We have a core group of about 8 TV series that we follow regularly. Three of those shows, Person of Interest , Almost Human and Intelligence , each raise some very challenging moral questions focused around technology and it’s double-edged role as a both good and evil. The newspaper is full of stories that present moral dilemmas—the NSA and the constitutionality of electronic surveillance, Social Media and privacy concerns, the War in Afghanistan and the use of attack drones, to name a few. So it should come as no surprise that we find the topics of these shows intriguing.
Our Need to Belong
The character of Gabriel Vaughn is unique. Due to some type of physical anomaly, doctors were able to implant a super-computer microchip in his brain. Some of the drama of the series revolves around the question of whether he’s human or robot. In the most recent series he is worried about being programmed and controlled by others. His mom’s answer is quite telling, “It seems to me there are lots of humans walking around controlled by others. It all comes down to the choices you make.”
We all have this innate need to belong—in a family, in a group, in relationship with others. Maslow’s hierarchy of needs lists social needs—belongingness, affection and love—from group, family, friends, romantic, as third in his list of a five-stage model. We join groups
because we share a common set of values and beliefs. When we share the same values and beliefs in a group, trust is built.
For Gabriel, his social needs are centered around CyberCom, a group created to protect him and assist him with his mission to catch the bad guys. Lillian Strand is his boss and his benefactor, Dr Shenendoah Cassidy is the doctor who implanted the chip and he and his son, Nelson Cassidy, maintain Gabriel’s physical, mental and technical health. In the very latest episode, we even met Gabriel mother, a former combat medic, who saves his life. However, his strongest connection is with Agent Riley Neal, who has been assigned as his protector. She continually challenges him to embrace his new identity as well as keep the balance between the facts and his feelings.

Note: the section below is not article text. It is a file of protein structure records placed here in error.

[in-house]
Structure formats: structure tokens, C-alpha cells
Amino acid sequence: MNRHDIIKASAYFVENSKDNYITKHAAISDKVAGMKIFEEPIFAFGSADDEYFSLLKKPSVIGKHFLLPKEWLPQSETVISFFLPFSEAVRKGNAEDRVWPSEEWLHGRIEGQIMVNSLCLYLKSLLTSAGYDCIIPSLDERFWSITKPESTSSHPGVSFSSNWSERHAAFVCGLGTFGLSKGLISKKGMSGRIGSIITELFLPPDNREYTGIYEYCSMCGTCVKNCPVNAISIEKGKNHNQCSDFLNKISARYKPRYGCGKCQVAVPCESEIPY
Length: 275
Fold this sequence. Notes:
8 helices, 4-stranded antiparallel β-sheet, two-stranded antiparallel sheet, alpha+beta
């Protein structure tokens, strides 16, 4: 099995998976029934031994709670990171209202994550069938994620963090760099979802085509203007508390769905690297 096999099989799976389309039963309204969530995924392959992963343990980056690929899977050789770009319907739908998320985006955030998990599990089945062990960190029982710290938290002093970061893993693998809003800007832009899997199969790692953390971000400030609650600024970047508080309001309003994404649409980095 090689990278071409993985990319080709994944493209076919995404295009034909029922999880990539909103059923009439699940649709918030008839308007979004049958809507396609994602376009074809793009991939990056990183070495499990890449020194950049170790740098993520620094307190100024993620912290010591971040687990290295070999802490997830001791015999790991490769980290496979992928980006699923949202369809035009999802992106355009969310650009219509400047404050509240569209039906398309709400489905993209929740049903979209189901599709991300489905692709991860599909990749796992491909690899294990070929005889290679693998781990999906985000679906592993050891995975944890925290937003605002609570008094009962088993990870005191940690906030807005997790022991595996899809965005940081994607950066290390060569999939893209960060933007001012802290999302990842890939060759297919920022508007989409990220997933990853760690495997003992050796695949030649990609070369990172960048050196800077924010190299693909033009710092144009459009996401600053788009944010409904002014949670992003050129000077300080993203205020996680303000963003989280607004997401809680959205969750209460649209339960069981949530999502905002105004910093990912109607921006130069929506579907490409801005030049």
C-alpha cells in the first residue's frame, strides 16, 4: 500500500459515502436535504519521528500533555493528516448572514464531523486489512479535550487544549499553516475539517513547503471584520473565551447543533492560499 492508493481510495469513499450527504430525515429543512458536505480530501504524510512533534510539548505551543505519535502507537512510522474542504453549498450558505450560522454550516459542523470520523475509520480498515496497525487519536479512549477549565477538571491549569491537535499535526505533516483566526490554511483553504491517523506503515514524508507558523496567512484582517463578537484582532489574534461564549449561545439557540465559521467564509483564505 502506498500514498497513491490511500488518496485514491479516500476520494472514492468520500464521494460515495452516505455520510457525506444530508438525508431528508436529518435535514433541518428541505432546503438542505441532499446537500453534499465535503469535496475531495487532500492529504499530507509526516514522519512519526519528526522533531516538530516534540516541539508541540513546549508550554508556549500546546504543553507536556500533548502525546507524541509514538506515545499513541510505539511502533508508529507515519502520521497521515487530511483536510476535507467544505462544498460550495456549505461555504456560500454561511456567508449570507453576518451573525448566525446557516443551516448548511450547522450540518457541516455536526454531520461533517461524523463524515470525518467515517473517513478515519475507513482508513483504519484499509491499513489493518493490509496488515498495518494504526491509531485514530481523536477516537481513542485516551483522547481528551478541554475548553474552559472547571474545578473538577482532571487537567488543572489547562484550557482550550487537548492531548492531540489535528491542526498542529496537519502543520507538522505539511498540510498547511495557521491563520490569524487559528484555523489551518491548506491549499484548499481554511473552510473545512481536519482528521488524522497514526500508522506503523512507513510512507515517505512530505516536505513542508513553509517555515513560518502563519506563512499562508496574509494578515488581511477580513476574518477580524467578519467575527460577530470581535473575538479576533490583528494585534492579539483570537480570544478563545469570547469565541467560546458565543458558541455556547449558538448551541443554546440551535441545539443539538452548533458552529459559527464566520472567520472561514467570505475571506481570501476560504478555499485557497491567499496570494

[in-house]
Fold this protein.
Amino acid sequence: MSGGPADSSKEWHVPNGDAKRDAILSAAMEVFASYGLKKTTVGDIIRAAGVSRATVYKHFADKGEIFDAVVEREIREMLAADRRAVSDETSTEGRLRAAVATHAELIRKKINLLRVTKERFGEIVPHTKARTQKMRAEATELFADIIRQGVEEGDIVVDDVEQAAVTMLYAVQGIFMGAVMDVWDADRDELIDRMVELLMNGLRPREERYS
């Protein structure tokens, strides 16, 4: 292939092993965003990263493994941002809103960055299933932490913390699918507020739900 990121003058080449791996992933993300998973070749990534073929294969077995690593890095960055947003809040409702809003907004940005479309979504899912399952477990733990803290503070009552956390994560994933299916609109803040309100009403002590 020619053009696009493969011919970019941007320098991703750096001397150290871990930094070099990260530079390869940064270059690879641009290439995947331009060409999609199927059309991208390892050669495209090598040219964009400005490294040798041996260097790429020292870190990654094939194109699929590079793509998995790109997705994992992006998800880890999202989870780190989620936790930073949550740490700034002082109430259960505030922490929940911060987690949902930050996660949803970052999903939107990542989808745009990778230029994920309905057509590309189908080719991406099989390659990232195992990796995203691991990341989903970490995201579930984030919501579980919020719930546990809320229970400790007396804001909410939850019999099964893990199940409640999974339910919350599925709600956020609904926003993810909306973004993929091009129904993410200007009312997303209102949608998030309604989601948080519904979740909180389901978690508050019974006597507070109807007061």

Strong Relationships Are Built on Trust
If you think about it, trust is the foundation for the improvement of our lives, our families, our companies and our society. We count on the leaders
of our community, and the organizations we belong to, to look out for our best interests. And the way we identify leaders we trust is by looking for groups who share our values, our goals and our vision for something better.
Important note: Trust doesn’t reside in our brains, it lives in our heart. Trust is a feeling.
Your organization should not just be enrolling peeps who need what you have. Your goal should be building your membership with people who believe what you believe. Loyalty, trust and a sense of value exist in the heart of the MEMBER, not the organization!
Members/Clients/Employees Make Decisions With Their Hearts
In a recent episode, hackers are able to invade Gabriel’s chip and erase memories of the past, including memories of his relationships with his immediate circle. The hackers are trying to convince Gabriel that CyberCom is the enemy and his mission is to destroy the very group that was set up to protect him.
The breakthrough comes in a scene where Riley and Gabriel confront each other and he trains his gun on her, to shoot her. Riley begins to challenge Gabriel to look past what he ‘knows’:
Riley: “You have to ignore the data, Gabriel.”
Gabriel: “And how do I do that?”
Riley: “Feel. You know me Gabriel. Tell me what you feel, not what you think. You may not have memory, but you have sense memory.”
Gabriel: “What’s the difference?”
Riley: “It’s the recall of an emotion.”
Gabriel: “I can’t remember any emotions.”
Riley: “Nobody can remember emotions. You feel them. Just like you felt it was wrong to put a chip in those kids. You didn’t remember, you already knew. Not because of a chip but because that…is the kind of man you are. Listen to your inner voice. It’s talking to you right now.”
Gabriel: “And how do you know that?”
Riley: “I just know.”
And at that point Gabriel lowers his gun and gives Riley back hers. Trust restored.
Did you know that most of our decisions are made at this gut level Riley was talking about? Our brain can be divided into two distinct regions, when it comes to decision-making—the neo cortex and the limbic brain. The neo cortex is our region for rational, factual thinking. It’s where we organize information according to WHATs. However, it’s in the limbic region of our brain that we house our feelings and emotions, like trust and loyalty. Despite the fact that our limbic brain has no capacity for language, it is WHERE WE MAKE OUR DECISIONS, WHERE MAKE CHOICES ABOUT WHO AND WHAT TO TRUST.
Dr Cassidy sums it up nicely at the end of the episode:
“You proved something last night that philosophers have wondered about across time immemorial. The mind is a collection of perceptions, calculation, memories, instinct. But ultimately the most important decisions—they aren’t made in our minds, are they? No siree. Where we find our most profound intelligence is, after all, in the heart.”
Well said 🙂